As we did with our SB Nation basketball family last summer, we will be bringing you some themed posts. Today we offer up our ideas if we were: Commissioner for a Day. Since we have Andrew Feinstein, Jeff Morton, Colin Neilson, and I offering up our takes - it'll be more like Commissioner for Thursday, Friday, Saturday, and Sunday.
On to our ideas and be sure to vote on the poll below ...
If I was commish for a day I'd expand the NBA by 10 teams to an even 40 and then split the entire league into a 20-team "A" and 20-team "B" league, a la European soccer, whereby the bottom four "A" teams in any given season drop down to the "B" league, and the top four "B" league teams ascend upward into the "A" league.
I'd look to do a 12-team playoff in each 20-team league, with the top four teams getting a first round bye. This could be done as a comprehensive, geographically-wide playoff, as Colin suggested, or done regionally with two halves and the top two teams receiving first round byes. Regardless, whoever finishes in the "final four" of the "B" league jumps into the "A" league the following season and the bottom four "A" league teams (who didn't even make the playoffs) drop down in the "B" league the following season.
And as far as those 10 new markets go, I'd look to Seattle, Vancouver, Anaheim or San Diego (the NBA could use a third Southern California team), Kansas City or St. Louis, South Chicago, London, Paris, Milan or Rome, Madrid and Barcelona. If or when the NBA expands to Europe, they must include basketball hotbeds like Italy and Spain. And while it would be fun to see the NBA ultimately expand into China, as well, I'm concerned the travel would present too many complications. Whereas flying from New York to London is about the same as flying from New York to Los Angeles.
What would I do if I was NBA Commissioner for a day? Well, everything I want to do is a long term thing. If I had to choose just one I would get rid of the block and charge calls. Just eliminate them all together. The block/charge call is subjective to movement, and, much like calling balls and strikes in the MLB it is subject to the individual referees interpretation of the call. It would go a long way toward stopping a lot of the flopping issues. It would also prevent players from recklessly charging down the middle of the lane and opening themselves up for injury while looking for contact - a la Danilo Gallinari in the case of the Denver Nuggets.
If this is eliminated, then the games will run much smoother. Quicker (with the lack of constant foul calls) and it will open up some freedom of movement for offensive sets. This one rule change, in my time as Commissioner, will result in me being hailed as the greatest Commissioner in the history of the worlds and they will write epic songs about me.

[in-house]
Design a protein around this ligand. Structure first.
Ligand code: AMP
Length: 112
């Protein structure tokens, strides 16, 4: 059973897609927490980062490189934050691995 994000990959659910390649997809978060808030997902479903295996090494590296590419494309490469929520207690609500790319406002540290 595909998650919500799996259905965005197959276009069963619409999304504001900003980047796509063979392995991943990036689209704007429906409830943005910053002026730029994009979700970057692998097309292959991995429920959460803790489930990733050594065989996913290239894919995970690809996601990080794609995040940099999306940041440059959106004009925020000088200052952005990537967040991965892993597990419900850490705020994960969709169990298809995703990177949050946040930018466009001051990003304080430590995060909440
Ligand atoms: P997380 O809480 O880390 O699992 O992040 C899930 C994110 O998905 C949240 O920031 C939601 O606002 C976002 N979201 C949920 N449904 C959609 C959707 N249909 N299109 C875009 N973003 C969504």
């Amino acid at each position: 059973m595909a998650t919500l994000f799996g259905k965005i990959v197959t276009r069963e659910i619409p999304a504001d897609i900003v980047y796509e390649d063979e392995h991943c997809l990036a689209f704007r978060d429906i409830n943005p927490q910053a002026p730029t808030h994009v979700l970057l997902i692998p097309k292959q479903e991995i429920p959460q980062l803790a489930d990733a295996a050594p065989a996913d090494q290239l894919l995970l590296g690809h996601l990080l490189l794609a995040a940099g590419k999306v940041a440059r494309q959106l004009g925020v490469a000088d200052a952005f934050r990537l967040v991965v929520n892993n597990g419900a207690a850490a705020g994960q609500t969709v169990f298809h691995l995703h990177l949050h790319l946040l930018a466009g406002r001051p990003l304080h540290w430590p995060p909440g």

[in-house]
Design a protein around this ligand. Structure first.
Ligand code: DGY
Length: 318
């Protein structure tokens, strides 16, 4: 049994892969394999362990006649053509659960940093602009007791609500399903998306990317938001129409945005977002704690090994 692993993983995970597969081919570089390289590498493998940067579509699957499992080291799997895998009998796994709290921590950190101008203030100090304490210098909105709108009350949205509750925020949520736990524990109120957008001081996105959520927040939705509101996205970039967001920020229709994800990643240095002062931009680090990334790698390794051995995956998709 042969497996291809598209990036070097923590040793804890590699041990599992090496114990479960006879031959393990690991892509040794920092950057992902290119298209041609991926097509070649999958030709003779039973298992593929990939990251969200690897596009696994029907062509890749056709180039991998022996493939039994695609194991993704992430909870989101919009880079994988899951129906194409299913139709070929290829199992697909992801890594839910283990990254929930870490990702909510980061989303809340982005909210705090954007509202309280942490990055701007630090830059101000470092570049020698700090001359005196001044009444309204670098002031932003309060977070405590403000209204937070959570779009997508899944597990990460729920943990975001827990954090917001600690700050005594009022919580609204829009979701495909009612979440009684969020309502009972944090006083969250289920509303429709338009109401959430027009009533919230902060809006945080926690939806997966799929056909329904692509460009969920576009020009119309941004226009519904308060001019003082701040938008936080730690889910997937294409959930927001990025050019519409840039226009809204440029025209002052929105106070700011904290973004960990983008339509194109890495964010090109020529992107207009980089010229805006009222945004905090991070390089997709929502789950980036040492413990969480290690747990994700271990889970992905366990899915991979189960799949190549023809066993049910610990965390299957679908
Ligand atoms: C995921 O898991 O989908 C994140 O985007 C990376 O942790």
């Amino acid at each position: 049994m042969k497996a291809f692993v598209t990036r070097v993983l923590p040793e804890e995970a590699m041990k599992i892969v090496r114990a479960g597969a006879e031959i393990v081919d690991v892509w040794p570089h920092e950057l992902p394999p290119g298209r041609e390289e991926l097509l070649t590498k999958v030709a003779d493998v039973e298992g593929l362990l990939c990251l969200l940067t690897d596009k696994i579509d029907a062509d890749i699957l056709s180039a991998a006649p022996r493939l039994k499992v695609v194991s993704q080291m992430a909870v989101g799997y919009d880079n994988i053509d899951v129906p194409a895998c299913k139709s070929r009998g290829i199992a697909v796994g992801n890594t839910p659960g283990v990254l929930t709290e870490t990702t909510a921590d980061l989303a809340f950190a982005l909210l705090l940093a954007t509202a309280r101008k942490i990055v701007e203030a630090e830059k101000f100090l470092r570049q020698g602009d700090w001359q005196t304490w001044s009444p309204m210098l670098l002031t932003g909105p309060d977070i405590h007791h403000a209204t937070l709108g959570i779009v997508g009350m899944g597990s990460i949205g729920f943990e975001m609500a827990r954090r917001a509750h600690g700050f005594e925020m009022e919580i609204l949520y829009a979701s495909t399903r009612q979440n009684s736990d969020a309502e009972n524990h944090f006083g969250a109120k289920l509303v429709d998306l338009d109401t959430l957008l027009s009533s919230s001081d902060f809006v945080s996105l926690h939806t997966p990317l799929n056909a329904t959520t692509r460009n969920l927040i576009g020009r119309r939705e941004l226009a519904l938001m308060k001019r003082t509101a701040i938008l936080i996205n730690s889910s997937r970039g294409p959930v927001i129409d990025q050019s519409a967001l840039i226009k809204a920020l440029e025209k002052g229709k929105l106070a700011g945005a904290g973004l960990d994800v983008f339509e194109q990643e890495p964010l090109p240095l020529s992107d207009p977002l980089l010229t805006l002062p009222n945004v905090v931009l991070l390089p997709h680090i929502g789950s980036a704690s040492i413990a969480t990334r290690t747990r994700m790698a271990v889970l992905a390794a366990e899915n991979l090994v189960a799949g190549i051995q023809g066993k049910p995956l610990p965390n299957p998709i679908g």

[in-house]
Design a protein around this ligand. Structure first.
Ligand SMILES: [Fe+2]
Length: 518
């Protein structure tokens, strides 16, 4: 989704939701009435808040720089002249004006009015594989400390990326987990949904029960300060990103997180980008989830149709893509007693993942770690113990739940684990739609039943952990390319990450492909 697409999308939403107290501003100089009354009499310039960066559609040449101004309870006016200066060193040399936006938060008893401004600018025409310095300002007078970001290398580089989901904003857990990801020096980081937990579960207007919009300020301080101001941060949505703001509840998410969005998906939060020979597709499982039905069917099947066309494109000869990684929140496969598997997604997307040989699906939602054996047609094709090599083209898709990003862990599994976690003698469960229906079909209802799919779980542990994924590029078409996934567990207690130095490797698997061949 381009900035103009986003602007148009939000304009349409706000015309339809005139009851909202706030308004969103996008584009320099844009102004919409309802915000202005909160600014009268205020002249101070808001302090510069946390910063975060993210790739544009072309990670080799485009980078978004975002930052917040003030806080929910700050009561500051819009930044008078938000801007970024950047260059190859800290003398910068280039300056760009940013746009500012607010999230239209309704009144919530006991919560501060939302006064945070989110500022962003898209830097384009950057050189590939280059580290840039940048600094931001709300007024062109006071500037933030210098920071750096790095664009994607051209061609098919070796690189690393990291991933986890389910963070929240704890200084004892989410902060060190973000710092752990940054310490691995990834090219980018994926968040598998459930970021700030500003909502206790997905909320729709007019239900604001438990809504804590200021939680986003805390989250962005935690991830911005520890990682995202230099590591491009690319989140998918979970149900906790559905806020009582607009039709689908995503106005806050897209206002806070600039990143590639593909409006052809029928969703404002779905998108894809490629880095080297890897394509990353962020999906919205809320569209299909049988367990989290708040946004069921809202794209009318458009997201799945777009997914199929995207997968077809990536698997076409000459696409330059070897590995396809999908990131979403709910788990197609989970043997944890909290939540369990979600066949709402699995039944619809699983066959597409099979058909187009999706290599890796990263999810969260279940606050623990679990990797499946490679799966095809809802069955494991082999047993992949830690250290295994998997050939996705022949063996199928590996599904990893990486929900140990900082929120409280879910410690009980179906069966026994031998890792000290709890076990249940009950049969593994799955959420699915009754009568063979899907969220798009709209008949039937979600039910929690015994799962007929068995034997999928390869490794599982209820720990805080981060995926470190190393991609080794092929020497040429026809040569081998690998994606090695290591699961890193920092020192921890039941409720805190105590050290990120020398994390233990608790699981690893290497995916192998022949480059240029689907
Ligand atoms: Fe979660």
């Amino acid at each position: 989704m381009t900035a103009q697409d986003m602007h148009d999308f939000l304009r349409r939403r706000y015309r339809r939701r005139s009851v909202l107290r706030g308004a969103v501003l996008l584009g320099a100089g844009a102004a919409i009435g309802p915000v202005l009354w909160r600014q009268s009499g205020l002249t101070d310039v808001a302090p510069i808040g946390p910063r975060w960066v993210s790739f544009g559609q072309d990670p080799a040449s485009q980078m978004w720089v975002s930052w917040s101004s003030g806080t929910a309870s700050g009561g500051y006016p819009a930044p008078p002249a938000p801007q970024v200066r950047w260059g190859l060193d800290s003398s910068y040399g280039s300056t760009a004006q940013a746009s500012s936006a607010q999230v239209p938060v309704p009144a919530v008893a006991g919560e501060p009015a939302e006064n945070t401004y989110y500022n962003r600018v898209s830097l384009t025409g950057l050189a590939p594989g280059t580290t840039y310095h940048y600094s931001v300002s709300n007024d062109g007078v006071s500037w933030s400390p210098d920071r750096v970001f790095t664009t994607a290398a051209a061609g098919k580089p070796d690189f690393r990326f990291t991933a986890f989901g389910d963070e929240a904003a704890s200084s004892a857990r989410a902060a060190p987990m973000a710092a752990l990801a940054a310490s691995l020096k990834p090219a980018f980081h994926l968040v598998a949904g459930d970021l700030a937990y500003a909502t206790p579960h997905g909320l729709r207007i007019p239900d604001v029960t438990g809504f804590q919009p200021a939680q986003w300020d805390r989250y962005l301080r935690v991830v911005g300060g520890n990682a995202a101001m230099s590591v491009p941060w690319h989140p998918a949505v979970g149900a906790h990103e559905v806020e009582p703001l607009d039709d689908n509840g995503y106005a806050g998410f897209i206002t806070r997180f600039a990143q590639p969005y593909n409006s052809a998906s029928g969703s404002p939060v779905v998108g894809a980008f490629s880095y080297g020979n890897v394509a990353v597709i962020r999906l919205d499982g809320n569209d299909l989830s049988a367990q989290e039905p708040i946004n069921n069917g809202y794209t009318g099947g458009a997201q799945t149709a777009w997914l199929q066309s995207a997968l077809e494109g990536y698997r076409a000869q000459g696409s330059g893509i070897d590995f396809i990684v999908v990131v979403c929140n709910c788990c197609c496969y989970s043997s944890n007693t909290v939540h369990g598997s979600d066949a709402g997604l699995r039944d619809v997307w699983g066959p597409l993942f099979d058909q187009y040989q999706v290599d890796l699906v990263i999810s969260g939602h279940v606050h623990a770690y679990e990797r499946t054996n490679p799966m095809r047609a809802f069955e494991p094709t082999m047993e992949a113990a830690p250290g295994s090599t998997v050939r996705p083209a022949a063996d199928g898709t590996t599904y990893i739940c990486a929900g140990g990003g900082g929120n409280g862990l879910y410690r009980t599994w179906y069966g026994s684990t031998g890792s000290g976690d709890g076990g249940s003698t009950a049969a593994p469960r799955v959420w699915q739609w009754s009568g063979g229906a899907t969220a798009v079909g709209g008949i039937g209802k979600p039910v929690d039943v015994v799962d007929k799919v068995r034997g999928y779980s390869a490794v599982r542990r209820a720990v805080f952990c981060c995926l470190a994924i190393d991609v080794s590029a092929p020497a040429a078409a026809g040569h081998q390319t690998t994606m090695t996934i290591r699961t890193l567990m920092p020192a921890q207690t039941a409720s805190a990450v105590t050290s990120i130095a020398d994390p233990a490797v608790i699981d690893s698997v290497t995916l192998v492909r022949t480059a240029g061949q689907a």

So sayeth Jeff.
If I were commissioner for a day, I'd eliminate conferences with respect to playoff seeding. No earth-shattering changes to the rules of the game. Something that could be done today, and something fans have proposed at the collegiate level. Teams would be placed according to their overall win-loss record (tiebreakers being head-to-head match-up records, home-road win/loss percentage, etc.), from 1 through 16. While this could result in some pretty lopsided early-round match-ups - given how terrible the Eastern Conference is, Miami would still play Milwaukee in this scenario, natch - we'd see cross-conference match-ups that are often some of the most entertaining during the regular season. Imagine a playoff season that went something this, using last year's records as a (rough) template:
(2.) Oklahoma City Thunder vs. (15.) Boston Celtics (2012 season series: 1-1) - Kendrick Perkins returns to play against his former team. Do the Celtics manage to surprise the Thunder with their slow-it-down, grinding style of play? Does Russell Westbrook still get injured, except this time by Jeff Green?
(3.) Denver Nuggets vs. (14.) Atlanta Hawks (2012 season series: 1-1) - a favorite of some around Denver Stiffs, would Josh Smith torch the Nuggets as badly as Steph Curry did? Would George Karl have kept his job with a playoff victory over an Atlanta team the Nuggets matched up with far better than the surging Warriors? Perhaps Andre Iguodala might not have gotten so obsequious at the attitudes of Smith and Al Horford in the ATL.